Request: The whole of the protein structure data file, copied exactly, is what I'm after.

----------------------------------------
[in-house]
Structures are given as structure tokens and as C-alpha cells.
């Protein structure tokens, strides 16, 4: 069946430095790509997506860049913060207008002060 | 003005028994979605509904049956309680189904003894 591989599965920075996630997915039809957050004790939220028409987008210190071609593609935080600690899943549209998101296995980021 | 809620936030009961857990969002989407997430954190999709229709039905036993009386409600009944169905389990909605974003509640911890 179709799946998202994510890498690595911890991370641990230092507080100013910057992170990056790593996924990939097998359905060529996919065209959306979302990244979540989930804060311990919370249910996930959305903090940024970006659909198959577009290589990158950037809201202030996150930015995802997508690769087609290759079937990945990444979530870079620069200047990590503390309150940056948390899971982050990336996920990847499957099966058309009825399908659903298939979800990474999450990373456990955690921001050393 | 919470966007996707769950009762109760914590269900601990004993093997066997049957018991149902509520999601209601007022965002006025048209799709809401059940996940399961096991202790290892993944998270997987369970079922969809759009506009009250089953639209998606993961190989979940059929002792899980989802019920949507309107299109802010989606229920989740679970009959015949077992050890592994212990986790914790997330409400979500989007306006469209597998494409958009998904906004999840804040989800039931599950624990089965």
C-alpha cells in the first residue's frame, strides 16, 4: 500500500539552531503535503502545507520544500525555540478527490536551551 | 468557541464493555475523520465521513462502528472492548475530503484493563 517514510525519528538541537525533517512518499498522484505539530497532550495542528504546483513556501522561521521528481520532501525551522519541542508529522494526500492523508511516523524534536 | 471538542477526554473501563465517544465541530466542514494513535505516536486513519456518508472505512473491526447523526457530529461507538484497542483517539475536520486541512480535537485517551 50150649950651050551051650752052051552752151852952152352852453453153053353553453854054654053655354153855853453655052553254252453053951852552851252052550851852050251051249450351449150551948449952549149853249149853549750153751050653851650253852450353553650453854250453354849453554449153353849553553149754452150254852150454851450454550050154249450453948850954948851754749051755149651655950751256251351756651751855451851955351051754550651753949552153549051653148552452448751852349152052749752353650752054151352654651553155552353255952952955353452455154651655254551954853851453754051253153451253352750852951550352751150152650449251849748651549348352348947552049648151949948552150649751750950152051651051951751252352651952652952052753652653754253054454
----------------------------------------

[in-house]
Structures are given as structure tokens and as C-alpha cells.
């Protein structure tokens, strides 16, 4: 069946430095790509997506860049913060207008002060 | 003005028994979605509904049956309680189904003894 591989599965920075996630997915039809957050004790939220028409987008210190071609593609935080600690899943549209998101296995980021 | 809620936030009961857990969002989407997430954190999709229709039905036993009386409600009944169905389990909605974003509640911890 179709799946998202994510890498690595911890991370641990230092507080100013910057992170990056790593996924990939097998359905060529996919065209959306979302990244979540989930804060311990919370249910996930959305903090940024970006659909198959577009290589990158950037809201202030996150930015995802997508690769087609290759079937990945990444979530870079620069200047990590503390309150940056948390899971982050990336996920990847499957099966058309009825399908659903298939979800990474999450990373456990955690921001050393 | 919470966007996707769950009762109760914590269900601990004993093997066997049957018991149902509520999601209601007022965002006025048209799709809401059940996940399961096991202790290892993944998270997987369970079922969809759009506009009250089953639209998606993961190989979940059929002792899980989802019920949507309107299109802010989606229920989740679970009959015949077992050890592994212990986790914790997330409400979500989007306006469209597998494409958009998904906004999840804040989800039931599950624990089965």
C-alpha cells in the first residue's frame, strides 16, 4: 500500500539552531503535503502545507520544500525555540478527490536551551 | 468557541464493555475523520465521513462502528472492548475530503484493563 517514510525519528538541537525533517512518499498522484505539530497532550495542528504546483513556501522561521521528481520532501525551522519541542508529522494526500492523508511516523524534536 | 471538542477526554473501563465517544465541530466542514494513535505516536486513519456518508472505512473491526447523526457530529461507538484497542483517539475536520486541512480535537485517551 50150649950651050551051650752052051552752151852952152352852453453153053353553453854054654053655354153855853453655052553254252453053951852552851252052550851852050251051249450351449150551948449952549149853249149853549750153751050653851650253852450353553650453854250453354849453554449153353849553553149754452150254852150454851450454550050154249450453948850954948851754749051755149651655950751256251351756651751855451851955351051754550651753949552153549051653148552452448751852349152052749752353650752054151352654651553155552353255952952955353452455154651655254551954853851453754051253153451253352750852951550352751150152650449251849748651549348352348947552049648151949948552150649751750950152051651051951751252352651952652952052753652653754253054454